Several Massachusetts schools have pioneered net-zero energy building systems, meaning that the school building itself produces as much energy as it consumes. While there are several means to generate sustainable energy, including solar, wind, and hydro-electrical solutions, in Massachusetts the schools have found the most effective approach to be solar; these schools generate energy through solar arrays placed on the roof of the building or elsewhere on the building site, such as on canopies over the parking lot. Every school district that has set itself on the path to net zero energy has taken a different course, and on May 27, 2021, the MSBA hosted a webinar to showcase the paths school districts have taken to achieve net zero.
While solar arrays are the means through which energy is generated, they are effective because of several other building elements. First, the building itself must be designed to be energy efficient, because the less energy a building uses, the less energy it needs to generate on site in order to achieve net zero energy. At the webinar, designers presented an overview of the ways in which buildings can be made efficient, including the ratio of windows to walls, the composition of the building envelope, lower floor-to-ceiling heights due to reduced reliance on ductwork, and the way the building is oriented on the site.
A second important building element discussed at the webinar is the HVAC system used for heating and cooling the building. Because the solar arrays generate electricity, as opposed to fossil fuels like coal, gas, or oil, the HVAC system is designed to be electric. Designers discussed the two electric HVAC systems most commonly used in Massachusetts: variable refrigerant flow (VRF) air-source heat pumps, and ground-source heat pumps. Ground-source heat pumps function by means of wells dug into the ground, where there is a more stable year-round temperature than in the air; the ground-source heat pumps take advantage of this stable ground temperature so that less energy is required to heat or cool the air circulating in the building to the desired temperature.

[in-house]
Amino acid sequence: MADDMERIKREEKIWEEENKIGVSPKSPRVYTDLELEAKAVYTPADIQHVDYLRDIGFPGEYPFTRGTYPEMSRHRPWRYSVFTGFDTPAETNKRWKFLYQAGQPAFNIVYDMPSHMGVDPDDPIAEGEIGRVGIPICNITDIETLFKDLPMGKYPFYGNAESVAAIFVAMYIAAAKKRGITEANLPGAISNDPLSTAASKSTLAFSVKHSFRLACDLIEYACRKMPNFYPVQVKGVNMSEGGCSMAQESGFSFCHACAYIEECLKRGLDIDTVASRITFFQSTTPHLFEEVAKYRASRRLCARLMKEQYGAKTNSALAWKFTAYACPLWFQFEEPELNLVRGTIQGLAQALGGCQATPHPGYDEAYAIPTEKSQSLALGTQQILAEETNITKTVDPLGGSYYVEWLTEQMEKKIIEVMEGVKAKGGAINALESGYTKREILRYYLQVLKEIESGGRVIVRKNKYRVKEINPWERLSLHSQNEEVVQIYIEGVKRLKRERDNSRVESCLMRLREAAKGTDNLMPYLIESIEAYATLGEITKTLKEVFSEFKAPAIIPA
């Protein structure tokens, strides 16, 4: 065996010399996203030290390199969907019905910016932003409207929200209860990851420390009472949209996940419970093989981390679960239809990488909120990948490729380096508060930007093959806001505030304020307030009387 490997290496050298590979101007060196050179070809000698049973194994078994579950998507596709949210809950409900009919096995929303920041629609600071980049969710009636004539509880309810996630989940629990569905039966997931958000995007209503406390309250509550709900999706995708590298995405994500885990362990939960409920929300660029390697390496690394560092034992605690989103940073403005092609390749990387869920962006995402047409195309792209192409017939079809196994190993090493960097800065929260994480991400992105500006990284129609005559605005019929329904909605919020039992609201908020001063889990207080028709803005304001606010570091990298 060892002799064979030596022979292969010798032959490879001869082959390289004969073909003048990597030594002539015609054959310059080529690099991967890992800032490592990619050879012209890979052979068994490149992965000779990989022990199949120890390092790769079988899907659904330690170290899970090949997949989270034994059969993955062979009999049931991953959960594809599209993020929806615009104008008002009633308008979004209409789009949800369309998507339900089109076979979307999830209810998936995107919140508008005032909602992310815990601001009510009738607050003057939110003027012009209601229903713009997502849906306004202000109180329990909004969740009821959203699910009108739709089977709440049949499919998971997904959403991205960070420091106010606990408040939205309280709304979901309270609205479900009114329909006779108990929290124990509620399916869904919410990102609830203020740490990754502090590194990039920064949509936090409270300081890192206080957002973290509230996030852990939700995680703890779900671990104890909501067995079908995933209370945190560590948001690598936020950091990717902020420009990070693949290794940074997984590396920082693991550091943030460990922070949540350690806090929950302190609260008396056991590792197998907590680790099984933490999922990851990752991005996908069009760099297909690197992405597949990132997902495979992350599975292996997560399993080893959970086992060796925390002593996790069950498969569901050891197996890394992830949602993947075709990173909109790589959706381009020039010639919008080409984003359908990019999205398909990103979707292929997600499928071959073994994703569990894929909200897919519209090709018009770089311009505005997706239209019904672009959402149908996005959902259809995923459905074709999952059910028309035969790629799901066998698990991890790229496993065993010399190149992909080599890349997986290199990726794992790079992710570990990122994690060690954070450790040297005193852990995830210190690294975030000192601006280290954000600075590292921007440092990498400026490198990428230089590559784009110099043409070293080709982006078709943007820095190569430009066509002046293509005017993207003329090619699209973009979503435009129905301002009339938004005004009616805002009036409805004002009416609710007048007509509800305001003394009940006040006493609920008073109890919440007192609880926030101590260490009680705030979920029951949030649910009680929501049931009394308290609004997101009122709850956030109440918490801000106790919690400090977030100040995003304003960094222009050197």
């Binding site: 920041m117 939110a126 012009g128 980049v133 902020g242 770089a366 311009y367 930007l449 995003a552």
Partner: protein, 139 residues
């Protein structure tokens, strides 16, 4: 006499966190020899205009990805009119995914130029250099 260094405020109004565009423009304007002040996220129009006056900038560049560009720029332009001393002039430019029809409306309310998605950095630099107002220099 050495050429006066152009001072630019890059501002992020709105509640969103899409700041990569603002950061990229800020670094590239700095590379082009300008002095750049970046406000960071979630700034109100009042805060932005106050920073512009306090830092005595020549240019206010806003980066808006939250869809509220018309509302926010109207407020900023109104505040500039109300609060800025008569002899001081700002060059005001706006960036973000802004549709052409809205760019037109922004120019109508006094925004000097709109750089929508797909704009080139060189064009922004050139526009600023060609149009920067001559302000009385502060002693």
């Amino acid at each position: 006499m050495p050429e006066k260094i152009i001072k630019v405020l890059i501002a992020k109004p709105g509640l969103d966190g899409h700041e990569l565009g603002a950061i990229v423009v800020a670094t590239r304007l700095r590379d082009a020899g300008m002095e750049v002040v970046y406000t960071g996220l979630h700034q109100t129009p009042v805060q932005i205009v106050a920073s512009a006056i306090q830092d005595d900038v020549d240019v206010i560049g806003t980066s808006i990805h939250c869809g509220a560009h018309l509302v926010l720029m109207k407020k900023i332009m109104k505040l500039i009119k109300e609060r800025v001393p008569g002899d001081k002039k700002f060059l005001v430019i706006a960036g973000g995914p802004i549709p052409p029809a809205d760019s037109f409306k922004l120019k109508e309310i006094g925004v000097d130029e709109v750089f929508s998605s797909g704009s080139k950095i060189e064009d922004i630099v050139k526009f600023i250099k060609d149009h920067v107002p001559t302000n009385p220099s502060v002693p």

In approaching net zero, school districts carefully consider both the construction/installation costs and also the maintenance/operation costs of their HVAC systems. While consultants represented at the seminar believe the installation and operation costs of VRF systems to be analogous to the cost of non-electric HVAC systems, most agree that installation of the wells for a ground-source system comes at a higher cost. Some districts and consultants, however, believe that the higher installation cost of the ground-source heat pumps is offset by a lower maintenance cost than that required for VRF systems, pointing to more moving parts and a shorter lifecycle for VRF systems.